Federal electoral districts redistribution 2022

The Commission's Rationale for Its Proposed Redistribution Plan

This Commission was committed to achieving voter parity throughout the province as much as reasonably possible, as mandated by the Electoral Boundaries Readjustment Act. Historical patterns, communities of interest and identity, and manageable geographic size were also considered. However, the Commission has concluded that the effect of uneven population shifts across the province over the past decade requires adjustments to many existing district boundaries in order to address patterns of voter under-representation and over-representation. This has resulted in many important changes reflected in the proposed electoral map.

The Commission had the responsibility of creating one new electoral district, given that Ontario had been allocated 122 seats.

The Commission noted that there had been significant population growth in Ontario and the Quota had increased as a result. The Commission further noted that the population growth was uneven across the province, with significant growth in some areas and only modest growth in others.

As a result of this uneven population growth over the past decade, combined with relatively wide population disparities in the 2012 map, there are substantial population inequalities across electoral districts today. The Commission has sought to remedy this.

The Commission considered—and respected where possible—the historical pattern of electoral districts. However, a redrawing of the boundaries was often required in order to rectify the grave disparities from population equality across the province. In other words, the deviations from the 2022 Quota were not reasonable.

In determining population counts, data from the 2021 Census was used. The 2021 demographic data will not be released by Statistics Canada until after the preparation of this proposal. Therefore, the Commission has utilized the available demographic data, namely, from the 2016 Census.

In creating the proposed redistribution plan, the Commission endeavoured to limit the deviation from the Quota to no more than plus or minus 10 per cent.

The Commission achieved that result in all parts of the province other than Northern Ontario, where the proposed redistribution plan envisions eight electoral districts with populations within or close to within plus or minus 15 per cent of the Quota, and one riding where the Commission found extraordinary circumstances. The Commission concluded that the sparse population throughout this remote and expansive area, and the Indigenous communities of interest that are predominant in this part of Northern Ontario, justified this one proposed extraordinary circumstances district. The eight other proposed districts in this geographic piece are all of manageable geographic size and accessible via major roadways.

In drawing the boundaries of each electoral district, the Commission referenced major geographical features such as highways, main roads, rail lines, rivers, lakes and other bodies of water, escarpments, and municipal boundaries.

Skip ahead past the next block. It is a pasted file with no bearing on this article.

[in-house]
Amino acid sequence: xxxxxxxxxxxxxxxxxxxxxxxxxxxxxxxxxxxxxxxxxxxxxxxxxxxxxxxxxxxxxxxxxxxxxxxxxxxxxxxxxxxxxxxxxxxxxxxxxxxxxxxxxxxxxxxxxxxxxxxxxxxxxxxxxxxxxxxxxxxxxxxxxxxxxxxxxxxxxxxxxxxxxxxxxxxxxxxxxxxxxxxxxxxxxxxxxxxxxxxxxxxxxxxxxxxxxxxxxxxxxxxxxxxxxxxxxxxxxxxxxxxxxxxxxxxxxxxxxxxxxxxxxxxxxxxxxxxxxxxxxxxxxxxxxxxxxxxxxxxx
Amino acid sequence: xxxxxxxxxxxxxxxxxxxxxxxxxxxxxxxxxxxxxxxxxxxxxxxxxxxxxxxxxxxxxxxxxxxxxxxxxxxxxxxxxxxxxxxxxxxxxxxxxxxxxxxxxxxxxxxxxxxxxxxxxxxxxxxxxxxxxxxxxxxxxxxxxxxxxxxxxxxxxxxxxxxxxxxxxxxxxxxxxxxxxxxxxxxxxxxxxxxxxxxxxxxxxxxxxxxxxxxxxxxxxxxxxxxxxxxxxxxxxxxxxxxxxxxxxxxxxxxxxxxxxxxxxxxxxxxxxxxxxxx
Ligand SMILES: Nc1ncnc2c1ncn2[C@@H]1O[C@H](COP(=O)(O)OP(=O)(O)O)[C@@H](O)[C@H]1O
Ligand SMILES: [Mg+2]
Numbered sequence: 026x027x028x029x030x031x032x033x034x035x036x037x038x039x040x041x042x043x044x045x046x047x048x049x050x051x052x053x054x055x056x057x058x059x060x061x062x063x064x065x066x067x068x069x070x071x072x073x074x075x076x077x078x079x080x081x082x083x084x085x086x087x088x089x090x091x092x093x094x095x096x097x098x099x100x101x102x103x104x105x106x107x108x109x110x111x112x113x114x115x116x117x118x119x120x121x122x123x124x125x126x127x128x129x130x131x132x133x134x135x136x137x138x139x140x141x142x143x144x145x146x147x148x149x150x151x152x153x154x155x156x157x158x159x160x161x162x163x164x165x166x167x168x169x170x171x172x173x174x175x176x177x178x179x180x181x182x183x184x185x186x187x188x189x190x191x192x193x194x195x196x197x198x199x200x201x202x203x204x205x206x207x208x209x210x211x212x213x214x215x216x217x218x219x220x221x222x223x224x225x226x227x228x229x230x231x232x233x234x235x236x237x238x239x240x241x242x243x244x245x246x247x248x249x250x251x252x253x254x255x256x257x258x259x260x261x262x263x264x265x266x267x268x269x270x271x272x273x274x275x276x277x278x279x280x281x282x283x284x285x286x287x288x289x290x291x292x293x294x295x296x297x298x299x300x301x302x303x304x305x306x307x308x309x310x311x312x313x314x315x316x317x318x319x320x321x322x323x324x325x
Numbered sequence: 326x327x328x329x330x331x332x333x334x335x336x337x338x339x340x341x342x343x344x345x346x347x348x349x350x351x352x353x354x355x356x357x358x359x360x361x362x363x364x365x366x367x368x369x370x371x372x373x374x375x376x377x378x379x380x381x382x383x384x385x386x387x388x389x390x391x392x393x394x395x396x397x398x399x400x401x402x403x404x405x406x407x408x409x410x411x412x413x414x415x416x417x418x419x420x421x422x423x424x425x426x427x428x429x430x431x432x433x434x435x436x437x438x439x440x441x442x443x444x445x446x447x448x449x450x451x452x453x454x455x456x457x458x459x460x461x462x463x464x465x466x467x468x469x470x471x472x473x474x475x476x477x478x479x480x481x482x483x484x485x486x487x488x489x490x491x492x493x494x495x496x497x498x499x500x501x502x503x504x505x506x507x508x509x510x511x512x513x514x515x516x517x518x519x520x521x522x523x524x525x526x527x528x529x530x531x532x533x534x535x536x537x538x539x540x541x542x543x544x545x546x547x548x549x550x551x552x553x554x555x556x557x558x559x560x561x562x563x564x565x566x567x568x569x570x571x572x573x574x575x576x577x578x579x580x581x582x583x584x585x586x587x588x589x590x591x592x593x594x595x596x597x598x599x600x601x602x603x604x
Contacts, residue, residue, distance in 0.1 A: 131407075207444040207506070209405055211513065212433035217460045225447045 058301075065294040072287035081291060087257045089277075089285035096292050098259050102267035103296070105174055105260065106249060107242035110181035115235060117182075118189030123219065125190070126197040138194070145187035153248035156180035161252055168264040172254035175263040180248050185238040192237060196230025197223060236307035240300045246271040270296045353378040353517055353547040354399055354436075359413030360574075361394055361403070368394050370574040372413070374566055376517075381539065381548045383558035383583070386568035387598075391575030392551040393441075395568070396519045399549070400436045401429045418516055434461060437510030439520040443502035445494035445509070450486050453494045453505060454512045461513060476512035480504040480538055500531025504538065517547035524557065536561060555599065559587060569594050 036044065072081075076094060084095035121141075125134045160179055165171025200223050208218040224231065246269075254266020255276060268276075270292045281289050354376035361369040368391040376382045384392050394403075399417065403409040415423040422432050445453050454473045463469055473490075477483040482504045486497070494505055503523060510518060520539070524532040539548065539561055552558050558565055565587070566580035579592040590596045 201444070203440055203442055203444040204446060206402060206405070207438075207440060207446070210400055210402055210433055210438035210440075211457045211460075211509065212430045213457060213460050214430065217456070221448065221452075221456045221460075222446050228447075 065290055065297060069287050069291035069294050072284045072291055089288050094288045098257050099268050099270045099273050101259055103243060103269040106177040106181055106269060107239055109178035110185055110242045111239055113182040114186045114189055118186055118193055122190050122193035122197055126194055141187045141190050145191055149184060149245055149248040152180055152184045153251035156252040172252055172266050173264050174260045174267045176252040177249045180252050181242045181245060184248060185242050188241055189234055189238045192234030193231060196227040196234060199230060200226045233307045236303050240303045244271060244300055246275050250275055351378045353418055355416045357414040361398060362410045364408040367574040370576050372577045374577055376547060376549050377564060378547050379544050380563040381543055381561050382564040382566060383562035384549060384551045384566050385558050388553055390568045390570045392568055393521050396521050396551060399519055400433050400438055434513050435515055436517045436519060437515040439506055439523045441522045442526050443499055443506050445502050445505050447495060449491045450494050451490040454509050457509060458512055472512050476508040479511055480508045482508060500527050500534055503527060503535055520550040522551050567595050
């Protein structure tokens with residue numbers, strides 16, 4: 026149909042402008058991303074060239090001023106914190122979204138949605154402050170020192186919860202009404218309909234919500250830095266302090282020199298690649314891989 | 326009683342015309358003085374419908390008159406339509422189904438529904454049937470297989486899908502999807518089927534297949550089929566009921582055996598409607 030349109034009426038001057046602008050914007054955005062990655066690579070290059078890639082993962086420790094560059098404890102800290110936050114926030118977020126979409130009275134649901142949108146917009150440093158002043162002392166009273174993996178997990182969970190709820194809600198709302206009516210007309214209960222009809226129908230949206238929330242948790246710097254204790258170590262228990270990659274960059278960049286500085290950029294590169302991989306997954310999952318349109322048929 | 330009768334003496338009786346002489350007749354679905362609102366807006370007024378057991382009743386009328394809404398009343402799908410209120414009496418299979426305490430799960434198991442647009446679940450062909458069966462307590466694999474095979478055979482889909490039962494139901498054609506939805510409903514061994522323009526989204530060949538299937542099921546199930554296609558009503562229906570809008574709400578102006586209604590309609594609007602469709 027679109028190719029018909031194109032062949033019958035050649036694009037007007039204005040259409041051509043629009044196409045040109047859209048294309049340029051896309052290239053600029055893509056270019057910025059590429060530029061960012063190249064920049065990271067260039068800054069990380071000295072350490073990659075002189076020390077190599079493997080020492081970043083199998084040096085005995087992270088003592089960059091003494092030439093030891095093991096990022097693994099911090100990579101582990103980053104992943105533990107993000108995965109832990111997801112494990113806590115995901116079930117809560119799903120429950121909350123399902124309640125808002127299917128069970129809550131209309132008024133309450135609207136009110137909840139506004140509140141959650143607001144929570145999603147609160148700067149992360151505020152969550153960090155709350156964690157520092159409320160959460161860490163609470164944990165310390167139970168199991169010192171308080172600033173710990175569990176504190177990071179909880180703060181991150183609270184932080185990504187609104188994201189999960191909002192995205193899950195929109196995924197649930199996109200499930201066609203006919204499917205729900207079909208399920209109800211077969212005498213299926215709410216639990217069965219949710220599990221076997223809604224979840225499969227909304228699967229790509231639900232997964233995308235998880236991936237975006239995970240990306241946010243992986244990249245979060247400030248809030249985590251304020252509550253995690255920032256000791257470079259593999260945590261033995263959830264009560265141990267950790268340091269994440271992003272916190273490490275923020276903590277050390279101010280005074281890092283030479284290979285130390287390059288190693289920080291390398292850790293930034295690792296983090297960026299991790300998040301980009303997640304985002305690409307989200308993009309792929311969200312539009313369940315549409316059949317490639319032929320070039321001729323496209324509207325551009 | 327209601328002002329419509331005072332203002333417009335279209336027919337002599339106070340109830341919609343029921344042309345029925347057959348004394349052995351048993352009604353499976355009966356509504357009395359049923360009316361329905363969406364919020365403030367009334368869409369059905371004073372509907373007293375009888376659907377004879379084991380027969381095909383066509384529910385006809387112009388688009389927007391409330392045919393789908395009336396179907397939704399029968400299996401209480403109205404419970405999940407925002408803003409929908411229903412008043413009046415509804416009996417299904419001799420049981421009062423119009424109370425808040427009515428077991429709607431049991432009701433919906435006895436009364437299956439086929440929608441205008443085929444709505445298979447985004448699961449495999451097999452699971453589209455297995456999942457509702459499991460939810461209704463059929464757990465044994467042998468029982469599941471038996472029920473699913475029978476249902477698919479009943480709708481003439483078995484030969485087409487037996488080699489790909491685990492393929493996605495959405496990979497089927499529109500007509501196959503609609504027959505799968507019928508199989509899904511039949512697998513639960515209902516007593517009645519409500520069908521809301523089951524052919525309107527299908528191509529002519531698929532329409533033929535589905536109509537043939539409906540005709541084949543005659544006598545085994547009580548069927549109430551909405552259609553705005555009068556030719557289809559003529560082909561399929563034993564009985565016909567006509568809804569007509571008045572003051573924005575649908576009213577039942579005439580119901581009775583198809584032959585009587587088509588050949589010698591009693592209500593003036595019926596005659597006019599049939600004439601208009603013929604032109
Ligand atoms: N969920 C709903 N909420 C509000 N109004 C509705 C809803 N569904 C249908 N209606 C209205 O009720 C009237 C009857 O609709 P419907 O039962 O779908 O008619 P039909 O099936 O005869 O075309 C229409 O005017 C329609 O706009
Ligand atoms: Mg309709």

The Commission concluded that the municipal boundaries could not always serve as an electoral boundary, considering the legislative rules the Commission is obliged to apply. For example, municipal boundaries could not be used as electoral boundaries for a number of mid-sized and larger cities whose populations have grown to exceed the Quota and where continued population growth is expected.

The Commission considered the location of all First Nations reserves and communities and has sought to ensure that no such community would be arbitrarily divided by an electoral district boundary.

If an electoral district included a First Nations reserve that had not participated in the census, the Commission considered the population data available from the Indian Registration System as reported by Crown-Indigenous Relations and Northern Affairs Canada (CIRNAC) in proposing the boundary for that electoral district.

Where a community of Francophones represented a substantial percentage of an electoral district, proposed boundaries ensure that such representation is not diminished.

The Commission also strived to respect urban and rural communities of interest.

Where possible, the Commission implemented many very helpful suggestions arising from the submissions made following the invitation for early public input.

The proposed redistribution plan was compared against projected growth in population based on applying the Ontario Ministry of Finance's Ontario Population Projections (https://www.ontario.ca/page/ontario-population-projections#section-6) (published June 23, 2021) to ensure as much as possible that the populations of the new electoral districts would not vary substantially in size over the period of time to the next census.

A number of minor technical adjustments, not affecting population, have also been made to the electoral boundaries, for example, to follow the correct alignment with roads, rail lines, rivers, ravines, etc. Boundaries have been updated where road or municipal boundaries have changed.

Finally, in proposing district names, the Commission sought to maintain the historical connection of communities to the electoral districts, while ensuring that names are inclusive, meaningful, and connote a clear sense of location or geographic reference. In some instances, the Commission has proposed Indigenous names.